07 February 2009


We should ban all firearms that have no legitimate, sporting purpose.

Gun control activists pretend that there are such things as "illegitimate" and "legitimate" guns, then claim to be "reasonable" in wanting to outlaw only the former group--those that they, the national media and cynical politicians demonize as "assault weapons," "Saturday Night Specials" or "junk guns."

The pretense has an obvious flaw: Any firearm, regardless of type, size, caliber, cost or appearance, can be, and is most often by far, used for legitimate purposes. Despite the powerful images cast by nightly news broadcasts and violence-oriented TV programs, guns of all sorts are put to good use far more often by the tens of millions of upstanding gun owners than they are misused by evil or irresponsible people. And despite protestations to the contrary by anti-gun groups, there is no gun or type of gun that criminals generally prefer.1

One long-time gun control supporter, criminologist Philip Cook, has rejected the "illegitimate" gun theory. "Indeed, it seems doubtful that there are any guns that are 'useless' to legitimate owners, yet useful to criminals," Cook wrote. "Any gun that can be used in self-defense has a legitimate purpose, and therefore is not 'useless.' Similarly, any gun that can be used in crime can also be used in self-defense."2

Why do today's anti-gun groups campaign to outlaw only certain, often arbitrarily defined groups of guns? Because they have seen the incremental approach to civilian disarmament work in other countries, such as Australia and England.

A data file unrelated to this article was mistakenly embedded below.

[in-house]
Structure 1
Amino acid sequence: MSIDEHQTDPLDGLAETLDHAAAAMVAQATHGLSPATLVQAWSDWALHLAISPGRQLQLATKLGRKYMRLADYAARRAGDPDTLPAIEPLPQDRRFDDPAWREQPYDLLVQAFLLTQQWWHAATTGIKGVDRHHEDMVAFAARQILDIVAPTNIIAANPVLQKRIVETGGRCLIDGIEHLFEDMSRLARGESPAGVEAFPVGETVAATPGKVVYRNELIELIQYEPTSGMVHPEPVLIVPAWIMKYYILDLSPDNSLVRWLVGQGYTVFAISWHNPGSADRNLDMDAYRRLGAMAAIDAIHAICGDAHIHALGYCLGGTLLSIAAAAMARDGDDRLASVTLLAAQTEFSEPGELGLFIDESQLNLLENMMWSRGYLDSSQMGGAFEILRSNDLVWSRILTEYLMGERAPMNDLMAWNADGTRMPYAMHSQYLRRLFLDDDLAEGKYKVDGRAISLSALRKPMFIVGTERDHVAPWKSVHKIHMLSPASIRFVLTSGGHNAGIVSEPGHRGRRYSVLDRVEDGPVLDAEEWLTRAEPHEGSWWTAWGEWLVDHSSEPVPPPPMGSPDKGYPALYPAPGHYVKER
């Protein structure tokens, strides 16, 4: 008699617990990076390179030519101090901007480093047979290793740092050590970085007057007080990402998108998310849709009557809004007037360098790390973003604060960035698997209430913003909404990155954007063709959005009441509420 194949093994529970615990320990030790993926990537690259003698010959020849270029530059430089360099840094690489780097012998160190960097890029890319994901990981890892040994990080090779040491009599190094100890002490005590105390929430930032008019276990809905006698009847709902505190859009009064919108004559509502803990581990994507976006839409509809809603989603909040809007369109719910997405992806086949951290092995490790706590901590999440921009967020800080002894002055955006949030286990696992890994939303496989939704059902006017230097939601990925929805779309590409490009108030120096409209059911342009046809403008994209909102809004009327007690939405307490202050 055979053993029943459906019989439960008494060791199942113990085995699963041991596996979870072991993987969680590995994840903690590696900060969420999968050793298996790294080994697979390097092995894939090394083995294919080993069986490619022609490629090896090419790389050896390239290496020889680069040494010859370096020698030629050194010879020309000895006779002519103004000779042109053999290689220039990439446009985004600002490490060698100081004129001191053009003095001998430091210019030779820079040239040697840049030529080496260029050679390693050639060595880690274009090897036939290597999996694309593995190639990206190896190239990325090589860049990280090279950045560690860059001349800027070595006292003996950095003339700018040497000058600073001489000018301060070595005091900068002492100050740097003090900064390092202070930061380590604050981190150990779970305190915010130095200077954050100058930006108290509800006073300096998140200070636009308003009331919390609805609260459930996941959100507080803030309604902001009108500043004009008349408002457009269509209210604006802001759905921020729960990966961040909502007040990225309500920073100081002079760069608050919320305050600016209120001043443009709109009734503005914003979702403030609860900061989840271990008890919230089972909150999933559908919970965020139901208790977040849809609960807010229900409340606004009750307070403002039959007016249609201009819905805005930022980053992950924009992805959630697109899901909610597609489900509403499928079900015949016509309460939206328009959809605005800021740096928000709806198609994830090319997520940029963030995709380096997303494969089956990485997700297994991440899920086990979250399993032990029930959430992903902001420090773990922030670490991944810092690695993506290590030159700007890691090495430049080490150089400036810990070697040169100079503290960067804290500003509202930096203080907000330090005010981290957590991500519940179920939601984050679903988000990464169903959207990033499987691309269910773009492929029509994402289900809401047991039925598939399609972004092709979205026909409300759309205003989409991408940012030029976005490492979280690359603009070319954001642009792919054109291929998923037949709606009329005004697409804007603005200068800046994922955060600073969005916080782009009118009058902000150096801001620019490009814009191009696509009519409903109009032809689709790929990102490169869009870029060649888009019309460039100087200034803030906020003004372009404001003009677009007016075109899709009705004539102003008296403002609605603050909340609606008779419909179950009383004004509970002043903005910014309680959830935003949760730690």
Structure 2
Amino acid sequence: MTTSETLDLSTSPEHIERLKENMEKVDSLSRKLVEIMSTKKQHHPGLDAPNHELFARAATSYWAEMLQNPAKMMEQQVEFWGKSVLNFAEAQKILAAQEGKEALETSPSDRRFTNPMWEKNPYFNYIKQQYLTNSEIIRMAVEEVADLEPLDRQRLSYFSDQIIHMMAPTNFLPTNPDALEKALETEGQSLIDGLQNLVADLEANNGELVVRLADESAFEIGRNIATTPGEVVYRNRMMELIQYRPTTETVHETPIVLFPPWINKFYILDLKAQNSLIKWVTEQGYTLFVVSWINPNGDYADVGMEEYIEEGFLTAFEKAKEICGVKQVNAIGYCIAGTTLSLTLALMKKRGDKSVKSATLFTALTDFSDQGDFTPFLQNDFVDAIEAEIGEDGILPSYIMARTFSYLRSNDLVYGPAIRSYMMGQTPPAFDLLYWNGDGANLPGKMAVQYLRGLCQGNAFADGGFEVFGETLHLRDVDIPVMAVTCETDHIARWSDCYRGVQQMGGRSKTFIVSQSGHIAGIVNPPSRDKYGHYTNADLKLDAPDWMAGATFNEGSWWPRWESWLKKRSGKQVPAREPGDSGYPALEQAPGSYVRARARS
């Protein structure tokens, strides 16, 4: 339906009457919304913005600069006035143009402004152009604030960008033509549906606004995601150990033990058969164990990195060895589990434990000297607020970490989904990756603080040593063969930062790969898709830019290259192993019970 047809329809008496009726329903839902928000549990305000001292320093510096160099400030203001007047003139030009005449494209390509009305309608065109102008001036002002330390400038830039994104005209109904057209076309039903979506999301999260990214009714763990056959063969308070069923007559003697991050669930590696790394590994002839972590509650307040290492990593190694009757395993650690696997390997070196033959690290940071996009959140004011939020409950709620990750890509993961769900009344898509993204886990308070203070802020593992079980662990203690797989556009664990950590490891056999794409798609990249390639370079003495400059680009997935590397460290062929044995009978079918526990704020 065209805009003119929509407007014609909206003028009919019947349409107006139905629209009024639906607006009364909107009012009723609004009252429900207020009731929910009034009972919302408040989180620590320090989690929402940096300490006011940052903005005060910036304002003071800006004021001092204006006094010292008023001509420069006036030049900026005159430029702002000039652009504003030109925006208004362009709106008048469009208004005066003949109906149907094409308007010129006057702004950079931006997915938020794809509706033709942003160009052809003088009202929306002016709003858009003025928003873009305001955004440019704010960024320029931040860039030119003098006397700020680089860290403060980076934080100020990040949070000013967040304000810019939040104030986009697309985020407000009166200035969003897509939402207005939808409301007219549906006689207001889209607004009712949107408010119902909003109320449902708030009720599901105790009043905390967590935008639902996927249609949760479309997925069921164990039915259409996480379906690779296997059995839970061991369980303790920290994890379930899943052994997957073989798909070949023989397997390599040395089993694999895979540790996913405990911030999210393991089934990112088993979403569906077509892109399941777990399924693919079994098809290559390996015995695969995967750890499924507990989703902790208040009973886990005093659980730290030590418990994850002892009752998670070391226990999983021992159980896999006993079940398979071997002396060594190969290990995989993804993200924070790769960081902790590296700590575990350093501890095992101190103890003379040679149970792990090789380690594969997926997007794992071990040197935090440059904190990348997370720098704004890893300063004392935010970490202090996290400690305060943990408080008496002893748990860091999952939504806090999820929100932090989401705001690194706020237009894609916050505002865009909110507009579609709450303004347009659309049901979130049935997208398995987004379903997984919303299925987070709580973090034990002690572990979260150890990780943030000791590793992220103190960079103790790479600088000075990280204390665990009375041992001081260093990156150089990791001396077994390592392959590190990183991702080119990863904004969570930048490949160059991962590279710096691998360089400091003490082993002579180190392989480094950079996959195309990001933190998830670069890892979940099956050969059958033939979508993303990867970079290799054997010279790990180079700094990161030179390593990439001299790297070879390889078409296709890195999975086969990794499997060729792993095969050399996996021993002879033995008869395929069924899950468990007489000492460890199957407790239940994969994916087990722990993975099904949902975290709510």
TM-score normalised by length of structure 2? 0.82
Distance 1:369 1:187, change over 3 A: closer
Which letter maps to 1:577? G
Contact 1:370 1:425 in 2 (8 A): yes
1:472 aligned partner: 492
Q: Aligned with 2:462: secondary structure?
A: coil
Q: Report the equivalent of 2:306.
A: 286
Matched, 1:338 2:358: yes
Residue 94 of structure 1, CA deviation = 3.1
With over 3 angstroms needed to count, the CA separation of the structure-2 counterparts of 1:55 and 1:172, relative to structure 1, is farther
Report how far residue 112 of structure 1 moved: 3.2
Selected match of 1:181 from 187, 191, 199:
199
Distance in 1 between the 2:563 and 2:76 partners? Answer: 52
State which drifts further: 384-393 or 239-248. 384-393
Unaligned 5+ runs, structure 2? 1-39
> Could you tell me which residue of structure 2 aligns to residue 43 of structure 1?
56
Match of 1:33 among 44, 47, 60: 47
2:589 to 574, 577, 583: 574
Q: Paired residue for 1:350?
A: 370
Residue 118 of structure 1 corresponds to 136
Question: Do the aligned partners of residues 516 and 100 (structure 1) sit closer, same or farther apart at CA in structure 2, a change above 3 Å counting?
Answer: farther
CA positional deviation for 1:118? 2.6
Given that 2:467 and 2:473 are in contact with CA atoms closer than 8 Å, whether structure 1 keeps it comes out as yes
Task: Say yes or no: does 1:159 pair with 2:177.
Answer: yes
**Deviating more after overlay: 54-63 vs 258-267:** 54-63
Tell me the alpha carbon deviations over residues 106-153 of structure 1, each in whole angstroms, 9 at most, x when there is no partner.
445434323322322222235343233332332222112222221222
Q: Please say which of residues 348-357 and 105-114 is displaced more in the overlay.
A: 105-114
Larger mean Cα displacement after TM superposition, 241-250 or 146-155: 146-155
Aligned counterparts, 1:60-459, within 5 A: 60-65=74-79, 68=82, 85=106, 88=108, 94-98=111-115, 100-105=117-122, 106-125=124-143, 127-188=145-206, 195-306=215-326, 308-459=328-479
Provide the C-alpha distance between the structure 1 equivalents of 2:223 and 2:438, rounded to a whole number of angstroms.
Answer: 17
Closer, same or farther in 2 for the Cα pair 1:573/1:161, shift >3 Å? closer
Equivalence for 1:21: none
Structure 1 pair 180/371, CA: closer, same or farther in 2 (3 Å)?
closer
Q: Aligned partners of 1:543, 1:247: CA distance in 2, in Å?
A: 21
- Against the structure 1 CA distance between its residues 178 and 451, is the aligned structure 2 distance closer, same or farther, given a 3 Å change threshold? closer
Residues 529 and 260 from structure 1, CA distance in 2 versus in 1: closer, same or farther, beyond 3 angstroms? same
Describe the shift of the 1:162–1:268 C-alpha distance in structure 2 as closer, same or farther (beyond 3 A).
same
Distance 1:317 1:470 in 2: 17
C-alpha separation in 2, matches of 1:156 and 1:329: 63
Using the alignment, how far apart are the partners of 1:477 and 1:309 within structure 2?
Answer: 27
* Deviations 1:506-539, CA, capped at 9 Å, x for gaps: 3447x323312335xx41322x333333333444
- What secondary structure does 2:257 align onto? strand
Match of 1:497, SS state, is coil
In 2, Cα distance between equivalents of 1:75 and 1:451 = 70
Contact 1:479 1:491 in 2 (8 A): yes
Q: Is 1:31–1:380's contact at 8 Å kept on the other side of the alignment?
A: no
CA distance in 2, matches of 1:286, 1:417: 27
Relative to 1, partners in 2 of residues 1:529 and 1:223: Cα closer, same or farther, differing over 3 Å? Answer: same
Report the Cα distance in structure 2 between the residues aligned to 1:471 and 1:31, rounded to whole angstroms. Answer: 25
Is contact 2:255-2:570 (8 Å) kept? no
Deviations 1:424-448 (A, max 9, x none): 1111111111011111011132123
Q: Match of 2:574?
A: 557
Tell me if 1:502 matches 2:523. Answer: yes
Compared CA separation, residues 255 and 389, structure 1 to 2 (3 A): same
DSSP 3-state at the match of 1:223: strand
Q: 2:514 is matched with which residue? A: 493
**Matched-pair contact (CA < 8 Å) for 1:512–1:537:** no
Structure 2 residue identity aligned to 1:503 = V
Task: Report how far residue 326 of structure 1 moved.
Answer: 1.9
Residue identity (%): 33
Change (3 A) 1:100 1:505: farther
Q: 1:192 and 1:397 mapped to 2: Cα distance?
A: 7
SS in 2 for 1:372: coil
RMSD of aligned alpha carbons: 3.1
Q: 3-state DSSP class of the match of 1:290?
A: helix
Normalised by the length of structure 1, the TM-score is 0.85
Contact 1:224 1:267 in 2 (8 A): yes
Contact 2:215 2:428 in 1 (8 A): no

First targeted were handguns, portrayed as the guns of criminals, versus rifles and shotguns, portrayed as the guns of sportsmen. (This is despite the widespread use of handguns for personal protection and sports.) Failing in their attack upon all handguns, anti-gun activists later focused upon compact, small-caliber handguns, which they labeled "Saturday Night Specials."

Then, in the late 1980s, the leader of one anti-gun group called upon his peers to downplay handguns in favor of a new target of opportunity. "[T]he issue of handgun restriction consistently remains a non-issue with the vast majority of legislators, the press and public," wrote anti-gun crusader Josh Sugarmann. "Assault weapons" are a new topic. The weapons' menacing looks, coupled with the public's confusion over fully-automatic machine guns versus semi-automatic assault weapons--anything that looks like a machine gun is presumed to be a machine gun--can only increase the chance of public support for restrictions on these weapons. . . . Efforts to restrict assault weapons are more likely to succeed than those to restrict handguns."(Emphasis in the original.)3

Sugarmann noted that gun control groups get a boost when "something truly horrible happens." Then, in 1989, a drifter who had slipped through the criminal justice system numerous times used a semi-automatic rifle in a multiple shooting in Stockton, California. Anti-gun activists, politicians and reporters put handguns on the back burner and launched a campaign against a new target of opportunity.

Putting their "illegitimate" gun theory into practice, anti-gunners claimed that semi-automatic rifles were the "weapons of choice" of criminals, despite reports from state and local law enforcement agencies showing that such guns were used in very small percentages of violent crime.

The Federal "assault weapons" law took effect in September 1994, prohibiting manufacturers from including features such as bayonet mounts and flash suppressors on various semi-automatic rifles, with similar restrictions on shotguns and handguns. Considering that there had been no crimes committed previously with bayonets affixed to rifles, and criminals in no way benefit from any of the features prohibited, the irrational law was purely political in motivation and consequence.